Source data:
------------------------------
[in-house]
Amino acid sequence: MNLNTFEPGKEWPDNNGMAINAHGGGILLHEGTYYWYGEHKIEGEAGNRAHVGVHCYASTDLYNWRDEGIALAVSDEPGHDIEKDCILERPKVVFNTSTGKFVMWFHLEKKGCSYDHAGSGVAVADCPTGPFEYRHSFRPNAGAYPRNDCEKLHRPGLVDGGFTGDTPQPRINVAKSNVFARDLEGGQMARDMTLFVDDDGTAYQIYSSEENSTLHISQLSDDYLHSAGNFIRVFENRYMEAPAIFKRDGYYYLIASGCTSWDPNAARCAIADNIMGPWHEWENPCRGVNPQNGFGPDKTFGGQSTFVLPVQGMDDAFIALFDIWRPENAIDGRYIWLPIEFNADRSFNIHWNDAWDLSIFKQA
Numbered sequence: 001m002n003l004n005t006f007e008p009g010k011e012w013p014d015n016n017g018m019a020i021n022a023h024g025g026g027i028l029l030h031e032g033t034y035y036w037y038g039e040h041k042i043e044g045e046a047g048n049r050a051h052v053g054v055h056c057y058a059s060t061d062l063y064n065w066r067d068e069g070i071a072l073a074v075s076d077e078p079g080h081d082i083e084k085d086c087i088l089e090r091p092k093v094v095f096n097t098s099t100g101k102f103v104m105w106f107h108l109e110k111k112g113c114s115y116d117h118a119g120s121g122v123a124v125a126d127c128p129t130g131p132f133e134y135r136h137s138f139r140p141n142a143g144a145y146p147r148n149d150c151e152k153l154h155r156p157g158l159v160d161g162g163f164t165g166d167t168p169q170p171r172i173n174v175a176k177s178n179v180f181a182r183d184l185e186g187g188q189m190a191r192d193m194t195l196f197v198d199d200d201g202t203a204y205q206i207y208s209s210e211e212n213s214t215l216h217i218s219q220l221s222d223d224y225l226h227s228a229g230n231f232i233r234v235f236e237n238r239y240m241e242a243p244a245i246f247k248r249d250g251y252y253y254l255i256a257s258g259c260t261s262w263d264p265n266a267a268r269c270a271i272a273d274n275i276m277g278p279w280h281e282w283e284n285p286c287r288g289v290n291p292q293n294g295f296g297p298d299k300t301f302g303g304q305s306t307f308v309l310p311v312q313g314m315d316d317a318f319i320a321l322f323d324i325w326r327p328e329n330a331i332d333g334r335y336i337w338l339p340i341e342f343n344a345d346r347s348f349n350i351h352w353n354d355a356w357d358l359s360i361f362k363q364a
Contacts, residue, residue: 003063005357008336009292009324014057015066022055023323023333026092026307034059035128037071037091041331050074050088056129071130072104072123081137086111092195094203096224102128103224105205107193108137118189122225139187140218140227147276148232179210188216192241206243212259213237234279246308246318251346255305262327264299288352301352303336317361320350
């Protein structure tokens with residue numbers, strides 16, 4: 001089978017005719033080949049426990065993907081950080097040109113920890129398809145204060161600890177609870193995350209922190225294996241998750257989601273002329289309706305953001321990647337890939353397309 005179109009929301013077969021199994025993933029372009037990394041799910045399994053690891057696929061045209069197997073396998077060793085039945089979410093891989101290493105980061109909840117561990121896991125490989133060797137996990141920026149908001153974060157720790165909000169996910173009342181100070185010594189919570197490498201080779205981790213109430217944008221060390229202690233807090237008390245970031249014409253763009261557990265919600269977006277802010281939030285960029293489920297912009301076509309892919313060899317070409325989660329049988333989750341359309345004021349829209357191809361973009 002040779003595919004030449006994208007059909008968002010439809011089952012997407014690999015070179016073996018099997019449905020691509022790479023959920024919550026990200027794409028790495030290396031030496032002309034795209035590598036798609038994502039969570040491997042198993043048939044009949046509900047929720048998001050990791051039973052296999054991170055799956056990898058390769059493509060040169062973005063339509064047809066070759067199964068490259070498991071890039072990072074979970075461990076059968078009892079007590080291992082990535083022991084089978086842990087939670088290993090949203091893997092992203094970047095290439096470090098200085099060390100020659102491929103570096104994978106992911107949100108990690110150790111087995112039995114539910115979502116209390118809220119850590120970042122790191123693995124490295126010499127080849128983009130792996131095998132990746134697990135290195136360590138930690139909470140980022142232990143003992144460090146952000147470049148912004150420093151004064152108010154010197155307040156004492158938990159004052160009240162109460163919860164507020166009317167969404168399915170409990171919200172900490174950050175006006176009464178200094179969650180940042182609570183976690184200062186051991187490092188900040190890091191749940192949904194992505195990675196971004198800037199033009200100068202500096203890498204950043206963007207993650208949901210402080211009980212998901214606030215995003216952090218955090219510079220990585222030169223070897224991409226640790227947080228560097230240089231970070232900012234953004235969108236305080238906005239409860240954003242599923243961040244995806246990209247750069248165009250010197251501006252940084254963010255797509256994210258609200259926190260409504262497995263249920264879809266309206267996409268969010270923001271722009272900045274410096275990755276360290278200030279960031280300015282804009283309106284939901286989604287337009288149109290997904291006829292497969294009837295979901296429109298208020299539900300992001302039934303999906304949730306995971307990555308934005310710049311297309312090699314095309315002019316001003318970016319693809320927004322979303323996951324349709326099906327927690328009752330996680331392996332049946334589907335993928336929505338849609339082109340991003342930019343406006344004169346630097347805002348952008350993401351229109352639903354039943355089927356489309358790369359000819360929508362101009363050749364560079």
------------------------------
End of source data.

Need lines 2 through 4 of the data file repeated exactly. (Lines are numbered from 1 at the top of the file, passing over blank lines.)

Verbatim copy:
Amino acid sequence: MNLNTFEPGKEWPDNNGMAINAHGGGILLHEGTYYWYGEHKIEGEAGNRAHVGVHCYASTDLYNWRDEGIALAVSDEPGHDIEKDCILERPKVVFNTSTGKFVMWFHLEKKGCSYDHAGSGVAVADCPTGPFEYRHSFRPNAGAYPRNDCEKLHRPGLVDGGFTGDTPQPRINVAKSNVFARDLEGGQMARDMTLFVDDDGTAYQIYSSEENSTLHISQLSDDYLHSAGNFIRVFENRYMEAPAIFKRDGYYYLIASGCTSWDPNAARCAIADNIMGPWHEWENPCRGVNPQNGFGPDKTFGGQSTFVLPVQGMDDAFIALFDIWRPENAIDGRYIWLPIEFNADRSFNIHWNDAWDLSIFKQA
Numbered sequence: 001m002n003l004n005t006f007e008p009g010k011e012w013p014d015n016n017g018m019a020i021n022a023h024g025g026g027i028l029l030h031e032g033t034y035y036w037y038g039e040h041k042i043e044g045e046a047g048n049r050a051h052v053g054v055h056c057y058a059s060t061d062l063y064n065w066r067d068e069g070i071a072l073a074v075s076d077e078p079g080h081d082i083e084k085d086c087i088l089e090r091p092k093v094v095f096n097t098s099t100g101k102f103v104m105w106f107h108l109e110k111k112g113c114s115y116d117h118a119g120s121g122v123a124v125a126d127c128p129t130g131p132f133e134y135r136h137s138f139r140p141n142a143g144a145y146p147r148n149d150c151e152k153l154h155r156p157g158l159v160d161g162g163f164t165g166d167t168p169q170p171r172i173n174v175a176k177s178n179v180f181a182r183d184l185e186g187g188q189m190a191r192d193m194t195l196f197v198d199d200d201g202t203a204y205q206i207y208s209s210e211e212n213s214t215l216h217i218s219q220l221s222d223d224y225l226h227s228a229g230n231f232i233r234v235f236e237n238r239y240m241e242a243p244a245i246f247k248r249d250g251y252y253y254l255i256a257s258g259c260t261s262w263d264p265n266a267a268r269c270a271i272a273d274n275i276m277g278p279w280h281e282w283e284n285p286c287r288g289v290n291p292q293n294g295f296g297p298d299k300t301f302g303g304q305s306t307f308v309l310p311v312q313g314m315d316d317a318f319i320a321l322f323d324i325w326r327p328e329n330a331i332d333g334r335y336i337w338l339p340i341e342f343n344a345d346r347s348f349n350i351h352w353n354d355a356w357d358l359s360i361f362k363q364a
Contacts, residue, residue: 003063005357008336009292009324014057015066022055023323023333026092026307034059035128037071037091041331050074050088056129071130072104072123081137086111092195094203096224102128103224105205107193108137118189122225139187140218140227147276148232179210188216192241206243212259213237234279246308246318251346255305262327264299288352301352303336317361320350